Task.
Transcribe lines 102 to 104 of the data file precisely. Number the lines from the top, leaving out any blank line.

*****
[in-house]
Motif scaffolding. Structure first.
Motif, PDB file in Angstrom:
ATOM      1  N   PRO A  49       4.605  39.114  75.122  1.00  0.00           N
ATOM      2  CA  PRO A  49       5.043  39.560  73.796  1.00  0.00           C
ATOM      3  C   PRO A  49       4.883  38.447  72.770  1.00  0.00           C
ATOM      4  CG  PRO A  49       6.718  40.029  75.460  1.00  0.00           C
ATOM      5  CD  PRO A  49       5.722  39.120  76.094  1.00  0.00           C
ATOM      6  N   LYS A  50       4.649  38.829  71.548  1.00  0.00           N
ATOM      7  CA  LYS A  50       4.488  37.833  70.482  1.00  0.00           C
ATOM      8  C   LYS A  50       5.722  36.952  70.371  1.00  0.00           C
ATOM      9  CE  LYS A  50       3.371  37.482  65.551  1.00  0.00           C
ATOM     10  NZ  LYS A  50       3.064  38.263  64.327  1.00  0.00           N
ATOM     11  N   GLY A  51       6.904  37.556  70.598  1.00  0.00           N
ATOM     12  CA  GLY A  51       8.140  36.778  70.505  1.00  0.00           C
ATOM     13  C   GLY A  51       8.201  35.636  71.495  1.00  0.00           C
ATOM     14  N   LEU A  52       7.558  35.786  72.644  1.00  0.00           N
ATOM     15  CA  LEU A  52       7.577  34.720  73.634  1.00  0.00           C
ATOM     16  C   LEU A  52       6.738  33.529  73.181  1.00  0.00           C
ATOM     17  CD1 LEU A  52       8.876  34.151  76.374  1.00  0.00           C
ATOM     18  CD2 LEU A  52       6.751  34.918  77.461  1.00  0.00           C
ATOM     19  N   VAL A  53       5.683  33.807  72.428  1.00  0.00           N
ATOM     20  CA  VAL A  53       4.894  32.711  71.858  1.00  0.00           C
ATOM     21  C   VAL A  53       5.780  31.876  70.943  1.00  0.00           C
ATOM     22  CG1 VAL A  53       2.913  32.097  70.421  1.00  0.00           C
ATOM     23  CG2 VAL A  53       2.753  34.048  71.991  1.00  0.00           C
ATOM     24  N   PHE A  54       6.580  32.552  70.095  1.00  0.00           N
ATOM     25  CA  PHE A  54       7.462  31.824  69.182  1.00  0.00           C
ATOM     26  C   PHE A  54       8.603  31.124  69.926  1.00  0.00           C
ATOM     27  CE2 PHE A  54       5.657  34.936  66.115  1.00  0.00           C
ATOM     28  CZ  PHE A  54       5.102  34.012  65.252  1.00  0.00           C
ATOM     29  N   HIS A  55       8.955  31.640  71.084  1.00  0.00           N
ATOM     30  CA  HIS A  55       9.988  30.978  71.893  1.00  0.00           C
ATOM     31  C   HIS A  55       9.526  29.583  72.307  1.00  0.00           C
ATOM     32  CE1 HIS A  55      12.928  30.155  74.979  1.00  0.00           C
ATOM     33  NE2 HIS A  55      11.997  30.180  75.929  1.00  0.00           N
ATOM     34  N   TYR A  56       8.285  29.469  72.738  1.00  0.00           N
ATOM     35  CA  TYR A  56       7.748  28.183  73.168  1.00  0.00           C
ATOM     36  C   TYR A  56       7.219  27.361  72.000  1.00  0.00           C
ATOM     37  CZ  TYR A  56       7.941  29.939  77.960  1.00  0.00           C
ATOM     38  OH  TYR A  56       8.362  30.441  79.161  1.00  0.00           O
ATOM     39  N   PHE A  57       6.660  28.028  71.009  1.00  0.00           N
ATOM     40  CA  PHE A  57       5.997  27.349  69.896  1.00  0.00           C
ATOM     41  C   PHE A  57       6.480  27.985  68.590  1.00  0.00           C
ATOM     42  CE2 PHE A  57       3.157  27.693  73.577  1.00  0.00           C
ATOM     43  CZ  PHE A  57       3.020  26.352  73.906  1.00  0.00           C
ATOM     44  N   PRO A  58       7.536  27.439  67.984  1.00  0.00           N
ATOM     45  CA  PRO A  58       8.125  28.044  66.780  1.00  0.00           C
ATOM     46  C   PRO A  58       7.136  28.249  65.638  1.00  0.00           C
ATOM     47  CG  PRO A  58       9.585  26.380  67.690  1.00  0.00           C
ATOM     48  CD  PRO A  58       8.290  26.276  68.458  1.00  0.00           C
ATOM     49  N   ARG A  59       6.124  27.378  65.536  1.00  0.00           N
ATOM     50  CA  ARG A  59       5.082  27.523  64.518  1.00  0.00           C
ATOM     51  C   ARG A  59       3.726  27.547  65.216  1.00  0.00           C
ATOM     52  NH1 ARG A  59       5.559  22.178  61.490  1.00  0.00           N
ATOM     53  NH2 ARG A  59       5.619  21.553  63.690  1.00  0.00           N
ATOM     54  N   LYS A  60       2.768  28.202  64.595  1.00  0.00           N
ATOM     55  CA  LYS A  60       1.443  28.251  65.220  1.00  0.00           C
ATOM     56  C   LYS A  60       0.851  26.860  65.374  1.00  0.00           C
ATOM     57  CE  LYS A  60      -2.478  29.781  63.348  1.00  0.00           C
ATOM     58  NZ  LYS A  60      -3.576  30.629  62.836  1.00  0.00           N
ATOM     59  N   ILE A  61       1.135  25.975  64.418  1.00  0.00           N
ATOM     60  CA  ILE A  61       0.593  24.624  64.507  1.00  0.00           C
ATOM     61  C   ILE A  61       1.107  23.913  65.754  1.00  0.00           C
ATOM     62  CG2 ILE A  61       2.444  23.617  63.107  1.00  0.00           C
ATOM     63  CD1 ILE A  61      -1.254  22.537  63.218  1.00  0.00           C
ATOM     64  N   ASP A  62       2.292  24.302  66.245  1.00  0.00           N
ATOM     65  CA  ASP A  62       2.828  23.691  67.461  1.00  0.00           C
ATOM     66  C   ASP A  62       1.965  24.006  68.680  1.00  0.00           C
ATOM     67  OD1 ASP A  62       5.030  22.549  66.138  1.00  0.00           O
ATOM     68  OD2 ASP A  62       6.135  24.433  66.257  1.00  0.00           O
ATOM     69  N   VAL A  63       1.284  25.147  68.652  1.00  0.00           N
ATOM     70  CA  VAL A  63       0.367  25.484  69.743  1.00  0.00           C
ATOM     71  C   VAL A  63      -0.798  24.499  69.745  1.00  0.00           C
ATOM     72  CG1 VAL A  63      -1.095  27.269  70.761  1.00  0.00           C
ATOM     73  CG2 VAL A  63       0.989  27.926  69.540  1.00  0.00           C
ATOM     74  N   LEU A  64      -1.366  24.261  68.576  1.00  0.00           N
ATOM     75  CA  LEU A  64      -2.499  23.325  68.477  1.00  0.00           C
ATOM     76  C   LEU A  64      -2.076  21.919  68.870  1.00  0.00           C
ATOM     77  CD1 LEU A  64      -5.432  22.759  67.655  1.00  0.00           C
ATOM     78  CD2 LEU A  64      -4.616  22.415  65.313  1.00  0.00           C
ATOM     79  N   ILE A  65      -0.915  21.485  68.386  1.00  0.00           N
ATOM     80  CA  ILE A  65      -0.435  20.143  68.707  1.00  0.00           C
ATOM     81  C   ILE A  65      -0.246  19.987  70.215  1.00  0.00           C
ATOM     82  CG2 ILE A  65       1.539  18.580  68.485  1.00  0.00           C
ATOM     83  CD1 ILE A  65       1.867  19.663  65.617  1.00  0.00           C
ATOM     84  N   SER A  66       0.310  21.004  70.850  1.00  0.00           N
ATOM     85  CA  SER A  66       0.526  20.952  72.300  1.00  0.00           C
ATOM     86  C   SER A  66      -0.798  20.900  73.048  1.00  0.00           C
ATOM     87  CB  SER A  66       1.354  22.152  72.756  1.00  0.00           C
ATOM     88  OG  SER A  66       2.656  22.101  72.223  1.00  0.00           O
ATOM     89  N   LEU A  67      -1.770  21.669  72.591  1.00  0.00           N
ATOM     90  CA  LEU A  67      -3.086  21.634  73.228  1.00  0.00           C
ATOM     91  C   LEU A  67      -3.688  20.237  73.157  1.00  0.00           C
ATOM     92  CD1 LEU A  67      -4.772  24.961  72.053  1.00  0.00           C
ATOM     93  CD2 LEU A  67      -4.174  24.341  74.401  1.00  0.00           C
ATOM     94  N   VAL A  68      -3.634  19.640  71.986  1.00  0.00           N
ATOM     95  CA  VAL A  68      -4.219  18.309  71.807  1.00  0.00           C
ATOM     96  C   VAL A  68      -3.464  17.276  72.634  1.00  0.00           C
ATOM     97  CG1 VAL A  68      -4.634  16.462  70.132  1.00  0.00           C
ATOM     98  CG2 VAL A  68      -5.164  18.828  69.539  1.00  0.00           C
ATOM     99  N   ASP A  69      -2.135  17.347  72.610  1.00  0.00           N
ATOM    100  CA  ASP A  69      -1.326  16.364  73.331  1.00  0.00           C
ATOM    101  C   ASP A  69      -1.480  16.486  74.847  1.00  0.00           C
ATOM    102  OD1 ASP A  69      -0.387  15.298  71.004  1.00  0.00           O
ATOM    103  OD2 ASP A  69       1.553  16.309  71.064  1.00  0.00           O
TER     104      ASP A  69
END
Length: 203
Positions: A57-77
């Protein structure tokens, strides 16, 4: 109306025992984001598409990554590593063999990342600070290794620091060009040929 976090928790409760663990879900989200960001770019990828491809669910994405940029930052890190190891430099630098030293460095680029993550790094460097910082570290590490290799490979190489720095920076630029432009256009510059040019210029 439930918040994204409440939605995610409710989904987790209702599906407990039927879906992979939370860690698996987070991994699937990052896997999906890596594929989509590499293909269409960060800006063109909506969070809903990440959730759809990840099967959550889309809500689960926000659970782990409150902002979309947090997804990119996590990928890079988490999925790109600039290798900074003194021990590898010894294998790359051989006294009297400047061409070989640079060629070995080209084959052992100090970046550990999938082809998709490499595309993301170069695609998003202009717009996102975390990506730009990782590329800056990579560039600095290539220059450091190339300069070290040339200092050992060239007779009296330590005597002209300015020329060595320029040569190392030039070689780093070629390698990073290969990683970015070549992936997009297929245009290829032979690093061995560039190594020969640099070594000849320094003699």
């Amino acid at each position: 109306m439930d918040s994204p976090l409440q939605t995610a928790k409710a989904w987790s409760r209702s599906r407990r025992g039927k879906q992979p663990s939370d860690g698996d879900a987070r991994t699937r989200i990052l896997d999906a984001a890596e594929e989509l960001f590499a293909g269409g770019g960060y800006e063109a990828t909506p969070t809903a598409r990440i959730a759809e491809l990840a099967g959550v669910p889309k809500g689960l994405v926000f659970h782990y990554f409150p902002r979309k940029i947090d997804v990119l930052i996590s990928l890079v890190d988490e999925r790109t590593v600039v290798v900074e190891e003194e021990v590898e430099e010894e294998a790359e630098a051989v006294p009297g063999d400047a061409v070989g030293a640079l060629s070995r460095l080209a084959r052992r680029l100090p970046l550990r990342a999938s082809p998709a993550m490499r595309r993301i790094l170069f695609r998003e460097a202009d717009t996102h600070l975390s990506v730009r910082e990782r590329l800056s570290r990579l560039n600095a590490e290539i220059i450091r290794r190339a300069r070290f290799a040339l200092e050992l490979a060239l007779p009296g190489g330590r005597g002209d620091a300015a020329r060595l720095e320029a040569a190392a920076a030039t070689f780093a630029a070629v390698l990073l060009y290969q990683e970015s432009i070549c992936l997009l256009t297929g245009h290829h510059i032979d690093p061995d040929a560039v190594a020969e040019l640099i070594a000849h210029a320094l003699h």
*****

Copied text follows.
ATOM     99  N   ASP A  69      -2.135  17.347  72.610  1.00  0.00           N
ATOM    100  CA  ASP A  69      -1.326  16.364  73.331  1.00  0.00           C
ATOM    101  C   ASP A  69      -1.480  16.486  74.847  1.00  0.00           C